There’s a myth that you must have red wine with meat and white with fish and chicken, however, this simply is a myth; if you like a shiraz and trout, then why shouldn’t you have them together, it’s your meal and your pallet.
But, the convention exists none the less and many people feel it should be adhered to. This being the case, how do you choose which wine to have with a formal dinner?
The first thing you need to do, if you’re serving red you should open the bottle and let it breathe for a few hours before serving. Again convention says that red should be served at room temperature, in fact the exact temperature varies, although, ten degrees Celsius below room temperature is a good mean to aim for.
If your menu is based upon fish then tradition says that your wine choice should be white and if you’re cooking for guests then it’s a good convention to keep to as is serving red wine with red meat.
So, how do you actually choose which wine to serve with a particular dish that will compliment it, adding to the flavour of the food without overpowering or clashing with the ingredients?
The simplest way to go through the menu and what to serve is to start at the beginning. Or even before the beginning.
When choosing an aperitif the options should be drinks such as Champagne or wine. Some people have gin, whisky or vodka before starting a meal but this is considered by many to be a mistake, some describe a gin before food as like taking a hammer to the taste buds.
If you’re serving fresh water fish, chicken or mouse as a starter then the wine should be a refreshing sweet white, cold and light, if the fish is a stronger sea fish, a dryer white is preferable as it is complimented by the saltiness of the seafood.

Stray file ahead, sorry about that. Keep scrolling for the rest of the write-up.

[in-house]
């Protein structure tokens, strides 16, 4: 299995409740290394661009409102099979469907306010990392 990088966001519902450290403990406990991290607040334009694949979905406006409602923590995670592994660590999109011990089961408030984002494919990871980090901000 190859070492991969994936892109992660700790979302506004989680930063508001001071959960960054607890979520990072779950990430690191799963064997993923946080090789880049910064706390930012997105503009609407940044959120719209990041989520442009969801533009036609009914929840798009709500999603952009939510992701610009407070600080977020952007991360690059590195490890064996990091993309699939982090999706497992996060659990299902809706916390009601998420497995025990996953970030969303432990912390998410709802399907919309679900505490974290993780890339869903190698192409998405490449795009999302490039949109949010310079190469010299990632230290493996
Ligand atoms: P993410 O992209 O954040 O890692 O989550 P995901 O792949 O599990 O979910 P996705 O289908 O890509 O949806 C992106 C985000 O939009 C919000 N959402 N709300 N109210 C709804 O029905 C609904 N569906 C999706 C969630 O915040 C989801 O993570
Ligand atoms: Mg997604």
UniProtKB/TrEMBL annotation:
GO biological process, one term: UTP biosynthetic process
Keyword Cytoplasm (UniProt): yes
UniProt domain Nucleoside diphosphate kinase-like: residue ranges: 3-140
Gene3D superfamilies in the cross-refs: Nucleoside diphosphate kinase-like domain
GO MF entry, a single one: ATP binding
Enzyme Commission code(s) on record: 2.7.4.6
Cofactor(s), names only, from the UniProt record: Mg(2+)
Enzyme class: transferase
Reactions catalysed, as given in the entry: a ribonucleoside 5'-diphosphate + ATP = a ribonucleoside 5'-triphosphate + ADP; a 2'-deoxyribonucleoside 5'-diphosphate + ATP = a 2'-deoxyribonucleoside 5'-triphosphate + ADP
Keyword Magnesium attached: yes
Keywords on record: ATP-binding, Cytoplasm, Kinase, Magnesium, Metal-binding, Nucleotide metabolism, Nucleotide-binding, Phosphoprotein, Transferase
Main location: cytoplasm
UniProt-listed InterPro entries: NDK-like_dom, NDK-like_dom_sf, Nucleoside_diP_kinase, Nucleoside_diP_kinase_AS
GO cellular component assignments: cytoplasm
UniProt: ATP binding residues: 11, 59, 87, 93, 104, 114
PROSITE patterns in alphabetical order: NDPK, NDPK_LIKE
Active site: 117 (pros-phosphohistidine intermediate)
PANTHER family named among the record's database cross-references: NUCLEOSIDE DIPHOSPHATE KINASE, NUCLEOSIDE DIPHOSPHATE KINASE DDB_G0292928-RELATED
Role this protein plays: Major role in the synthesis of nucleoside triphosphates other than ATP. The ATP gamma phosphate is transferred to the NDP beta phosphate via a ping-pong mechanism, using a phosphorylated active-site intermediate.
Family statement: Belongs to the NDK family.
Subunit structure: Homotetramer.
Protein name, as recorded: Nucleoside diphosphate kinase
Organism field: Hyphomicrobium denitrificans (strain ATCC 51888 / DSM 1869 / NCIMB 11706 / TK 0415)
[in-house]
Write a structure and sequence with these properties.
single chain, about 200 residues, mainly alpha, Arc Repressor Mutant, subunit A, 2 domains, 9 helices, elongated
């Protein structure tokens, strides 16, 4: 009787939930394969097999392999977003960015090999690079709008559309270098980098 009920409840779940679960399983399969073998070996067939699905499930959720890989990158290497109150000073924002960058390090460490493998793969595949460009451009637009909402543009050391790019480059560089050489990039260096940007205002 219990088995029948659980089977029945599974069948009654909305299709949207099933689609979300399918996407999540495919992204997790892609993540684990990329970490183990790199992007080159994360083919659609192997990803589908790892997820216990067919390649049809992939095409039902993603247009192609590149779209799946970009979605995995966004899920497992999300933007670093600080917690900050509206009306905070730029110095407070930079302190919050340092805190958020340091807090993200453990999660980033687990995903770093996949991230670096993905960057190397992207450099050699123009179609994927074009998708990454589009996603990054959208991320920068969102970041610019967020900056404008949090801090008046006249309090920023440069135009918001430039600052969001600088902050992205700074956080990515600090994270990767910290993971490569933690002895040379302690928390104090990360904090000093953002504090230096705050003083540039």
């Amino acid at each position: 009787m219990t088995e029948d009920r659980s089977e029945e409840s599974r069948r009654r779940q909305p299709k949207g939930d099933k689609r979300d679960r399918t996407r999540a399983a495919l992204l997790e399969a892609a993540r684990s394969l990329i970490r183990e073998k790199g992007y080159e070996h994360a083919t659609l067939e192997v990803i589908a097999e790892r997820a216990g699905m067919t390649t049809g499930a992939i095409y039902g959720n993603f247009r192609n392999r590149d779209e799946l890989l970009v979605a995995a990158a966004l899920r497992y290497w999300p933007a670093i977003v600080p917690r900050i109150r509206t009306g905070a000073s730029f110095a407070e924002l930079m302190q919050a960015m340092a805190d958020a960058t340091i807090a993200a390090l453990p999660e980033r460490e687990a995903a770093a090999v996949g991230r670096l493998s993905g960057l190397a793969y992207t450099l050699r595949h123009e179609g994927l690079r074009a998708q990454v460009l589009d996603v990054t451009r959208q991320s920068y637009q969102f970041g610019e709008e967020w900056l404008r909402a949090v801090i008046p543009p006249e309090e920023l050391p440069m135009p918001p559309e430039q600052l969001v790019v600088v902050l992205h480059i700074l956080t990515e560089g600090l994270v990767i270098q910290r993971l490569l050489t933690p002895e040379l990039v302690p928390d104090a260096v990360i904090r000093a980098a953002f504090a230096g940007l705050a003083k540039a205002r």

If the started is a soup or consommA© the wine should be a light red as a heavier red is better suited to dark meats. Rose is becoming more acceptable with food as it gathers a reputation as a wine that’s drunk in company, for many years it languished as a poor cousin of the red but now, as more bottlers are producing roses drinking it with pasta or salad is becoming more popular.
Moving onto the main course; again if it’s chicken or fresh water fish white is usual, although a dryer white is normally taken with a main course as the meal is more substantial. White can also be served with pork and ham as the flavour of the meat isn’t particularly suited to red wine.
On the other hand, if you’re serving red meat, or a strong fish like tuna a red wine can suit it well.
As well as wine, port is always a welcome accompaniment to the dinner table, whether you’re serving surf or turf. And brandy is usually served after dinner along with coffee.
Before we get there though, there’s the desert wine to consider. For desert you might choose a particularly sweet white, however, a specific desert wine might be preferable. Desert wines are made form a grape which has been exposed, while growing, to an infection which makes the grape’s juice exceptionally sweet, desert wines are not normally served on their own due to this sweetness which could mean that a good desert wine is harder to find, hence the possibility of serving a very sweet table wine.
Another tip I’d like to offer is that you don’t necessarily get what you pay for, although you do get what you pay for!
Many wine critics say that to the average pallet, once you spend more than A?7.00 ($10.00) on a bottle of wine you can’t really taste the difference, so, if one bottle is A?7.00 and another is A?14.00 there’s very little difference in taste, so buy two of the A?7.00 ones!